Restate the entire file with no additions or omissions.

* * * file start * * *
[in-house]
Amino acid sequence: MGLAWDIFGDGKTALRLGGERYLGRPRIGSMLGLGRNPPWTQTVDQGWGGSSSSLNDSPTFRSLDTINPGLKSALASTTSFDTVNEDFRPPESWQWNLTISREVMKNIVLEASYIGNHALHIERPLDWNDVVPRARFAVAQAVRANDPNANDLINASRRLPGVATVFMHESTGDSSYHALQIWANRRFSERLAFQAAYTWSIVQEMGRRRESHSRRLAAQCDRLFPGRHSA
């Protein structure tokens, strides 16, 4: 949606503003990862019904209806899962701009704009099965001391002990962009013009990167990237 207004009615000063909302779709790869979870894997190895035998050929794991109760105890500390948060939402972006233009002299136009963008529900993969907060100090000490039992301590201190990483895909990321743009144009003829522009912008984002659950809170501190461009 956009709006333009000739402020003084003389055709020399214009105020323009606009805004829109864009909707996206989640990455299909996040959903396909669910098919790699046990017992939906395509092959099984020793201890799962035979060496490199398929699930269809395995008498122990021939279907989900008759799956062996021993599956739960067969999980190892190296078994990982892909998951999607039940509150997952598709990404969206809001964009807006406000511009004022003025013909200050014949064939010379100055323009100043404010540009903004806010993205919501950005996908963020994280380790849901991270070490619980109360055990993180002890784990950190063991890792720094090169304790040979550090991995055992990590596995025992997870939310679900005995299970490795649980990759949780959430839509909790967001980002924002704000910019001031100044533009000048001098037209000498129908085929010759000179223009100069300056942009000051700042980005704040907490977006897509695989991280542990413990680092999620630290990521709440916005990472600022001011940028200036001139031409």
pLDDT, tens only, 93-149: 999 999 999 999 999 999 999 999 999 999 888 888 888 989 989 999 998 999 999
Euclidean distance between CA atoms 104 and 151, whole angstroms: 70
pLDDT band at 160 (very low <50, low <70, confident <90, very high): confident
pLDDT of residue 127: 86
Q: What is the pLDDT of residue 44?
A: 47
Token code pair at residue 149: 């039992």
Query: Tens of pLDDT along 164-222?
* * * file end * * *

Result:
[in-house]
Amino acid sequence: MGLAWDIFGDGKTALRLGGERYLGRPRIGSMLGLGRNPPWTQTVDQGWGGSSSSLNDSPTFRSLDTINPGLKSALASTTSFDTVNEDFRPPESWQWNLTISREVMKNIVLEASYIGNHALHIERPLDWNDVVPRARFAVAQAVRANDPNANDLINASRRLPGVATVFMHESTGDSSYHALQIWANRRFSERLAFQAAYTWSIVQEMGRRRESHSRRLAAQCDRLFPGRHSA
């Protein structure tokens, strides 16, 4: 949606503003990862019904209806899962701009704009099965001391002990962009013009990167990237 207004009615000063909302779709790869979870894997190895035998050929794991109760105890500390948060939402972006233009002299136009963008529900993969907060100090000490039992301590201190990483895909990321743009144009003829522009912008984002659950809170501190461009 956009709006333009000739402020003084003389055709020399214009105020323009606009805004829109864009909707996206989640990455299909996040959903396909669910098919790699046990017992939906395509092959099984020793201890799962035979060496490199398929699930269809395995008498122990021939279907989900008759799956062996021993599956739960067969999980190892190296078994990982892909998951999607039940509150997952598709990404969206809001964009807006406000511009004022003025013909200050014949064939010379100055323009100043404010540009903004806010993205919501950005996908963020994280380790849901991270070490619980109360055990993180002890784990950190063991890792720094090169304790040979550090991995055992990590596995025992997870939310679900005995299970490795649980990759949780959430839509909790967001980002924002704000910019001031100044533009000048001098037209000498129908085929010759000179223009100069300056942009000051700042980005704040907490977006897509695989991280542990413990680092999620630290990521709440916005990472600022001011940028200036001139031409």
pLDDT, tens only, 93-149: 999 999 999 999 999 999 999 999 999 999 888 888 888 989 989 999 998 999 999
Euclidean distance between CA atoms 104 and 151, whole angstroms: 70
pLDDT band at 160 (very low <50, low <70, confident <90, very high): confident
pLDDT of residue 127: 86
Q: What is the pLDDT of residue 44?
A: 47
Token code pair at residue 149: 């039992």
Query: Tens of pLDDT along 164-222?